Hayden's laughing face stiffened as if he had received a shock from an electric battery. Mariposa! Mariposa!—the butterfly. Horace Penfield's words recurred to him; "I am willing to bet now that you will hear of The Veiled Mariposa in a very short time, and that, too, from a most unexpected source."


Hayden had elected to spend one evening at home, a most unusual decision for him, but one which the night fully justified, for a February gale was in full progress and was forcing every citizen whether comfortably housed or uncomfortably out in it, to stand at attention and listen to its shrieking iterations of "a mad night, my masters."

But to be quite accurate, the state of the weather had nothing whatever to do with the state of Hayden's mind. Let it be said, by way of explanation, that since his return to New York, he had been going out so steadily, accepting so many invitations, meeting so many people, pursuing the social game so ardently, that the thought of a quiet evening at home, recommended itself very alluringly to his imagination, and by sheer virtue of contrast, assumed almost the proportions of an exciting diversion.

Tatsu had, as usual, deftly, silently and with incredible rapidity arranged everything for his comfort; and his leisurely dinner completed, Robert settled himself for a long solitary evening undisturbed by any men dropping in to interrupt his meditations, or by any vagrant desires to wander out. The gale precluded both possibilities. It had risen to its height now, and filled the air with the steady roar of artillery. Great dashes of rain spattered sharply against the window panes, and Hayden would lift his head to listen and then sink back more luxuriously than ever into the depths of his easy chair. It was the sort of night to throw, occasionally, another log on the fire and watch the flames dance higher—illuminate with their glowing radiance the dim corridors and the vast and stately apartments of a Chateau en Espagne. What an addition those new pictures are to the noble gallery! And the vast library with the windows opening on the Moorish court! But some of the tapestries need renovating, those priceless tapestries!

Then, surfeited with gazing on so much beauty and splendor, one turns to more homely comforts, and while the logs sink to a bed of glowing ashes, dreams over one's favorite essays, or skims the cream of the last new novel.

It was such an evening as this that Hayden had planned; but plans, as immemorial experience has taught us, but never quite convinced us, "gang aft a-gley," and Robert's were no exception to the rule. Between him and the open page before him, he saw continually the face of Marcia Oldham. The sweet, wistful, violet eyes gazed earnestly at him, the delicately cut mouth with the dimple in one corner smiled at him and his book presently dropped from his fingers and lay unheeded on the rug while he dreamed dreams and saw visions. Gradually, his thoughts wandered from the future and its hopes to the past, and for the first time since his return the old wanderlust stole over him, the wanderlust temporarily lulled and quiescent, but always there, that passion for change which was so integral a part of his nature. But he no longer wished for new scenes with no companionship but that of a man friend or so, he dreamed instead of a season of wandering with Marcia, with her to travel the uncharted, with her to "follow October around the earth." He wondered if the lovely lady of the silver butterfly cared only to breathe the air of cities, or if she, like himself, delighted in gazing upon the strange and unaccustomed, in getting,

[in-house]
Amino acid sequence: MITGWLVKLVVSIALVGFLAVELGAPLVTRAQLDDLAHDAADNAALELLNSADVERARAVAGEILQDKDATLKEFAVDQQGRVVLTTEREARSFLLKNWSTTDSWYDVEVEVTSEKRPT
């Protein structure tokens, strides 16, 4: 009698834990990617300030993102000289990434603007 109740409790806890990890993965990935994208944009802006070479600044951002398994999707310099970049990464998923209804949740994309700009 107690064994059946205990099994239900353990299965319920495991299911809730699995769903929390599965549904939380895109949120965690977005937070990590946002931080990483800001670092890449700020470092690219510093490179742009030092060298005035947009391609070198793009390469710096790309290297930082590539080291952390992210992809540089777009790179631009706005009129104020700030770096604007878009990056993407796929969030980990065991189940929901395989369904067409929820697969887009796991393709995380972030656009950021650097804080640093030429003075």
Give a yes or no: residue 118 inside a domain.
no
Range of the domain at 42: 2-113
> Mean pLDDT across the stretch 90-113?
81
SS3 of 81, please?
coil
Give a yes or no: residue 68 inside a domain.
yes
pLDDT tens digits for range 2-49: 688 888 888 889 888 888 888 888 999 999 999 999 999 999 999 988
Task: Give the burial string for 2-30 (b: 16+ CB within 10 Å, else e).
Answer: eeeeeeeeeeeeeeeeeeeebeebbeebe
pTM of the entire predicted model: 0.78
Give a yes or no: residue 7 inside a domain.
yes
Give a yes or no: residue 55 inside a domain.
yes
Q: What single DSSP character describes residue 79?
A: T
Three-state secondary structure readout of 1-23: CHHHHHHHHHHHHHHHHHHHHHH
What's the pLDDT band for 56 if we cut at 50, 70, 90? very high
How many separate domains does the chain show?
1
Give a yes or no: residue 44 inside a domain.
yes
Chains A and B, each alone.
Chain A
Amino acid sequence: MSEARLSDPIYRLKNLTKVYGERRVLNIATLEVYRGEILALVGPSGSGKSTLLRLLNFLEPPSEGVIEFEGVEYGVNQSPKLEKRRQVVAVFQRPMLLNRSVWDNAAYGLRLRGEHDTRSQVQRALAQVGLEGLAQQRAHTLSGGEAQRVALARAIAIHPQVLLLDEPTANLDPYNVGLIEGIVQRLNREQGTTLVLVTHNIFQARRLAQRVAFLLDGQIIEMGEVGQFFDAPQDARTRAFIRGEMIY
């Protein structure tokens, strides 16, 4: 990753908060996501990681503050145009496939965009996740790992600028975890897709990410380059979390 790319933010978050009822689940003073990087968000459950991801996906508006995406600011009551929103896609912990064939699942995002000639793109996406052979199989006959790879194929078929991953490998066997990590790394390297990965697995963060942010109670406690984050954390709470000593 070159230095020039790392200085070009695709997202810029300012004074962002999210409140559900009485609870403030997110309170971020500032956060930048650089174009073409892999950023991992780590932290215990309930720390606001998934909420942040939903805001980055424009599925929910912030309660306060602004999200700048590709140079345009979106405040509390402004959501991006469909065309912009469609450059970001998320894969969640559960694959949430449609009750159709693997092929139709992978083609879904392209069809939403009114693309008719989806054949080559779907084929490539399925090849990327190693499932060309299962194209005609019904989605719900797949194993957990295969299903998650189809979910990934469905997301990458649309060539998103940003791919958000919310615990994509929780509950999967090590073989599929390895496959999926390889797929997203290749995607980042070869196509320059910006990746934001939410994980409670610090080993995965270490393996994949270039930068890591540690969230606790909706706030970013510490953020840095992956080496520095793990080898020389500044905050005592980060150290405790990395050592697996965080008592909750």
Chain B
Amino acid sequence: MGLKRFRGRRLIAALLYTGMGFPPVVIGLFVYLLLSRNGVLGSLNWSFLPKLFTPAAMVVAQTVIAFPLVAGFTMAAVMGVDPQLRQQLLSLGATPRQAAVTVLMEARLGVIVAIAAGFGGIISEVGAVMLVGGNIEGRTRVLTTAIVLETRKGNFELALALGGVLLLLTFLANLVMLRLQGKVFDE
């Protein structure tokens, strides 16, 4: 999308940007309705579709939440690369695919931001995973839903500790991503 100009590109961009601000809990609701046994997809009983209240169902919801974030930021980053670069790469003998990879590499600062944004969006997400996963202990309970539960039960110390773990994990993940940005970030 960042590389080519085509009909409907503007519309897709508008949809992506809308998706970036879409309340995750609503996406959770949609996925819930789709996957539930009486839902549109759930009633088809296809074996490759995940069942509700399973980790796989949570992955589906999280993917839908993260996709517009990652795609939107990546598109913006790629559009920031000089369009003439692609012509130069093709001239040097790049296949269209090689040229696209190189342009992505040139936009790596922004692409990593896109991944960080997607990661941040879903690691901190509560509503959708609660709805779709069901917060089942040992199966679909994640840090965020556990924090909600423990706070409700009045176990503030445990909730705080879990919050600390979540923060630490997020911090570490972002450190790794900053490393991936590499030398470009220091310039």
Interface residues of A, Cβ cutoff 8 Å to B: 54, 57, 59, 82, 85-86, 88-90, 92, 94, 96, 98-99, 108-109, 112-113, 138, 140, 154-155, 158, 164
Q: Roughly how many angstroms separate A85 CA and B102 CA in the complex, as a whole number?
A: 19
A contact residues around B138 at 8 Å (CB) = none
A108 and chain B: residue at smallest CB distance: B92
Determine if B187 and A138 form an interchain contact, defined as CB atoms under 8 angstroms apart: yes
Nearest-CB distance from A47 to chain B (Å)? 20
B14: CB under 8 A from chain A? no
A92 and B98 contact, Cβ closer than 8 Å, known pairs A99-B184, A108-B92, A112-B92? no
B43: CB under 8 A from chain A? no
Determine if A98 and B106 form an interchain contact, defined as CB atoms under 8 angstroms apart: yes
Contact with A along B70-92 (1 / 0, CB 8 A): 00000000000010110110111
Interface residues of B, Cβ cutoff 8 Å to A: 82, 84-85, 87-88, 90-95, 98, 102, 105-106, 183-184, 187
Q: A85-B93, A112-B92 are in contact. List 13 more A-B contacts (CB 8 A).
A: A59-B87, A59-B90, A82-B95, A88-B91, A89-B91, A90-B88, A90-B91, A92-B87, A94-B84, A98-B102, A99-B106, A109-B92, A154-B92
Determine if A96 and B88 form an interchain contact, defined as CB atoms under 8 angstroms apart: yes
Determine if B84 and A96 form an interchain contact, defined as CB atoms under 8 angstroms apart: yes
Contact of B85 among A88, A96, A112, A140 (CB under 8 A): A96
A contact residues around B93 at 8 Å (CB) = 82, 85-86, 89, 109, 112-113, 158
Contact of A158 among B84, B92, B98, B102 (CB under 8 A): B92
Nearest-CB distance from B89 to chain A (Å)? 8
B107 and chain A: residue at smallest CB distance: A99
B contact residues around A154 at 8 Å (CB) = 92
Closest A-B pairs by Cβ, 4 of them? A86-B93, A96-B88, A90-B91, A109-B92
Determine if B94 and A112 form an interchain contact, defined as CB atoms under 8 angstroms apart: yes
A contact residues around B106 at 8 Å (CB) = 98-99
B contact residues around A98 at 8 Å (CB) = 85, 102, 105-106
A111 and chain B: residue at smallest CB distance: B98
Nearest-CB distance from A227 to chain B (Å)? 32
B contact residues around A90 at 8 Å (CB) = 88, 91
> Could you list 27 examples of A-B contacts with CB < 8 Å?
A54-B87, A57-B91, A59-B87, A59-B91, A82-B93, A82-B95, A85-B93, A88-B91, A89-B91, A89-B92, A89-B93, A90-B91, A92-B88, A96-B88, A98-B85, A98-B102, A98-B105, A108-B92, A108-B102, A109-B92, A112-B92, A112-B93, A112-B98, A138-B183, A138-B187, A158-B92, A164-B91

"Out in the world's wide spaces, Where the sky and the desert meet, Where we shake from our feet all traces Of the dust of the city street?"

He believed she did. He could not be so strongly conscious of some secret and indefinable sympathy existing between them if their tastes were not similar. Ah well, whatever her tastes might be he could gratify them,—providing, of course, that she chose to look kindly upon him, and if things only came his way, a little, just a little, and surely he had reason to be gratified by the turn events had taken since he had come to New York.

He had, of course, taken a chance in telling Horace Penfield as much as he had about The Veiled Mariposa, the lost mine on which he had founded his hopes. Hayden drew his shoulders up to his ears and pulled down the corners of his mouth, the picture of a school-boy convicted of stealing jam. He had had reason on many occasions to convict himself of such indiscretions. He reflected a little dolefully, that he would probably be a very poor business man, that is, if business depended on caution and a lack of confidence in his fellow-beings. But, bent on cheering himself, even if Horace should break faith with him and prattle to the limit—and Horace's limit was a long one, the blue canopy of heaven, when it came to gossip—what possible harm could it do? In fact, it might serve Hayden immeasurably, for the talk might reach the ears of those who held some interest in the property and thus get him into immediate communication with them. In any event, let Horace gossip as he would, it could do no possible injury, for Robert held the key of the situation with his carefully drawn maps and his many photographs. Blessings on his camera!